package com.example.springboot;

import javax.persistence.Column;
import javax.persistence.Entity;
import javax.persistence.Id;
import javax.persistence.Table;
import java.util.Objects;

@Entity
@Table(name = "quotes")
public class Quote
{
    @Id
    @Column(name = "id")
    private Integer id;

    @Column(name="quote")
    private String quote;

    @Column(name="author")
    private String author;

    public Integer getId() {
        return id;
    }

    public void setId(Integer id) {
        this.id = id;
    }

    public String getQuote() {
        return quote;
    }

    public void setQuote(String quote) {
        this.quote = quote;
    }

    public String getAuthor() {
        return author;
    }

    public void setAuthor(String author) {
        this.author = author;
    }

    @Override
    public boolean equals(Object o) {
      if (this == o) {
        return true;
      }
      if (o == null || getClass() != o.getClass()) {
        return false;
      }
        Quote quote1 = (Quote) o;
        return Objects.equals(id, quote1.id) &&
                Objects.equals(quote, quote1.quote) &&
                Objects.equals(author, quote1.author);
    }

    @Override
    public int hashCode() {
        return Objects.hash(id, quote, author);
    }
}

QuoteRepository.java

Create a file called QuoteRepository.java at src/main/java/com/example/springboot and copy in the following code

package com.example.springboot;

import org.springframework.data.jpa.repository.JpaRepository;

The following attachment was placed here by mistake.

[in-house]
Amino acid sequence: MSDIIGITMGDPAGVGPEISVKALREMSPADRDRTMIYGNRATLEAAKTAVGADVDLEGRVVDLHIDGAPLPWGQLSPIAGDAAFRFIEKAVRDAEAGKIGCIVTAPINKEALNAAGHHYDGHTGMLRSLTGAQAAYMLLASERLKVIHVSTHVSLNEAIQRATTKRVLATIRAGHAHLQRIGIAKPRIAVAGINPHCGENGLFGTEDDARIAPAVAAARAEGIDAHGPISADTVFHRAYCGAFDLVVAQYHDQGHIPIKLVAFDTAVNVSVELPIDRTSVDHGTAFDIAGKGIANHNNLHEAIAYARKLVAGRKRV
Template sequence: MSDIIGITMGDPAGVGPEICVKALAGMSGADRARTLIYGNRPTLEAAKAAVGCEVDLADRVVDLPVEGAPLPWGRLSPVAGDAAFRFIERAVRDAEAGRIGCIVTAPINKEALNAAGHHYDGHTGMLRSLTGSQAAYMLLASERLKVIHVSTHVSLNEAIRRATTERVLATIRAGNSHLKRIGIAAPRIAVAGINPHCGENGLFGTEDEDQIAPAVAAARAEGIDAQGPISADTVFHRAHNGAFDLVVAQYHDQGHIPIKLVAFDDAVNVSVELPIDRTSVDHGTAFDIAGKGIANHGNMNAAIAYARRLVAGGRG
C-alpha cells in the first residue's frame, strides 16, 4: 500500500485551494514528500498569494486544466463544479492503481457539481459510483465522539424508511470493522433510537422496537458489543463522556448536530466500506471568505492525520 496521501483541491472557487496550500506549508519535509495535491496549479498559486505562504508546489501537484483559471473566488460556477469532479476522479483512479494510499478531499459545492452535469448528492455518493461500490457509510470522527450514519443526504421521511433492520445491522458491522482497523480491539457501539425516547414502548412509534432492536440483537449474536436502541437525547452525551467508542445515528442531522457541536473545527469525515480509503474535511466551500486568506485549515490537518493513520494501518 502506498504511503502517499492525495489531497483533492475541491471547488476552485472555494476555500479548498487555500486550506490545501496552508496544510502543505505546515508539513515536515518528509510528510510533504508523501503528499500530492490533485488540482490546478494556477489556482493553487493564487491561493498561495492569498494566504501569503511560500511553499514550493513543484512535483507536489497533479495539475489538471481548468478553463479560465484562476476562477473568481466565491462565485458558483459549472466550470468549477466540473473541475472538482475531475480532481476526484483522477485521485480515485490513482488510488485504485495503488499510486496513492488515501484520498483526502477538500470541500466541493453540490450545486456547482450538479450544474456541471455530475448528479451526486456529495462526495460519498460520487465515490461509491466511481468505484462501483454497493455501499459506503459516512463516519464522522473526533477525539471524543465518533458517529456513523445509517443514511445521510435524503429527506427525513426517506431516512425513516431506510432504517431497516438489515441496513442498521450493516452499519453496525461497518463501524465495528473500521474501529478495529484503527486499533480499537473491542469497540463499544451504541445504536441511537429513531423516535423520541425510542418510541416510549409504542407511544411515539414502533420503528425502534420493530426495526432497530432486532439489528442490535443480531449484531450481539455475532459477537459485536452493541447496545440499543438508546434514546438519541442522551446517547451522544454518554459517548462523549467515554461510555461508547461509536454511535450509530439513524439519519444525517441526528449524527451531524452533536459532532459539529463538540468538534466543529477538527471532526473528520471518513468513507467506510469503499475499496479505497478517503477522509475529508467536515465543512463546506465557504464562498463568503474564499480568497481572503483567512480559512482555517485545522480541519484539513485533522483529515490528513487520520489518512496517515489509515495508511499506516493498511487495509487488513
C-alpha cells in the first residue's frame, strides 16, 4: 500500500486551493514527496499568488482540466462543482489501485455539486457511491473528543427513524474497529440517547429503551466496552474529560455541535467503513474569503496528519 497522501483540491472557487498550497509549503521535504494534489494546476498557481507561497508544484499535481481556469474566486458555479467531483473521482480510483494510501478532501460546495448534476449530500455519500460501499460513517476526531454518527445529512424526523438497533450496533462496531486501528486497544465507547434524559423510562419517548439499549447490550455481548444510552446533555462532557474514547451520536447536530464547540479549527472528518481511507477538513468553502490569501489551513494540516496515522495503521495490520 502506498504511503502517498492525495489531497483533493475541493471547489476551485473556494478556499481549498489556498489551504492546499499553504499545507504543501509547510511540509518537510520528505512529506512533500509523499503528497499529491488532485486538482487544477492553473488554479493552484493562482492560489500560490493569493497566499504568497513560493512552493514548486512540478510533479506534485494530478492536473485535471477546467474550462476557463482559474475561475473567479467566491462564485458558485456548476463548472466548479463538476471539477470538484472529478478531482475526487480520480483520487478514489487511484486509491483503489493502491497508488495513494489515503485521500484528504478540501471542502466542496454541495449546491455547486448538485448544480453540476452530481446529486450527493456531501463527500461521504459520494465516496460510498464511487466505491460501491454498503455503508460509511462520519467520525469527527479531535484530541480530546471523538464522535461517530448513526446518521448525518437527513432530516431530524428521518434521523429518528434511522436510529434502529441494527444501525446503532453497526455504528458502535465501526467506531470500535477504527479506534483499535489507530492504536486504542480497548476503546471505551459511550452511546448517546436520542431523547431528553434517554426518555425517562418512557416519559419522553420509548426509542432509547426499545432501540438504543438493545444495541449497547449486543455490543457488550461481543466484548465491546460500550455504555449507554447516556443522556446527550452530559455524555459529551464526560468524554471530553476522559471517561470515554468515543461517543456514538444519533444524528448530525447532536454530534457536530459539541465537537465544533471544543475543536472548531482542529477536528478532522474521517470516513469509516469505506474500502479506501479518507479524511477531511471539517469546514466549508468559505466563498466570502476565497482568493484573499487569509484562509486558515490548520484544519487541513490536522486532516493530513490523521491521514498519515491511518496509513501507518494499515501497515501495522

import org.springframework.data.jpa.repository.Query;

public interface QuoteRepository extends JpaRepository<Quote,Integer> {

    @Query( nativeQuery = true, value =
            "SELECT id,quote,author FROM quotes ORDER BY RANDOM() LIMIT 1")
    Quote findRandomQuote();
}

This code uses JPA for persisting the data. The class extends the Spring JPARepository interface and allows the creation of custom code. In the code you've added a findRandomQuote custom method.

QuoteController.java

To expose the endpoint for the service, a QuoteController class will provide this functionality.

Create a file called QuoteController.java at src/main/java/com/example/springboot and copy in the following contents

package com.example.springboot;

import java.util.ArrayList;
import java.util.List;
import java.util.Optional;

import org.springframework.dao.EmptyResultDataAccessException;
import org.springframework.http.HttpStatus;
import org.springframework.http.ResponseEntity;
import org.springframework.web.bind.annotation.DeleteMapping;
import org.springframework.web.bind.annotation.GetMapping;
import org.springframework.web.bind.annotation.PathVariable;
import org.springframework.web.bind.annotation.PostMapping;
import org.springframework.web.bind.annotation.PutMapping;
import org.springframework.web.bind.annotation.RequestBody;
import org.springframework.web.bind.annotation.RestController;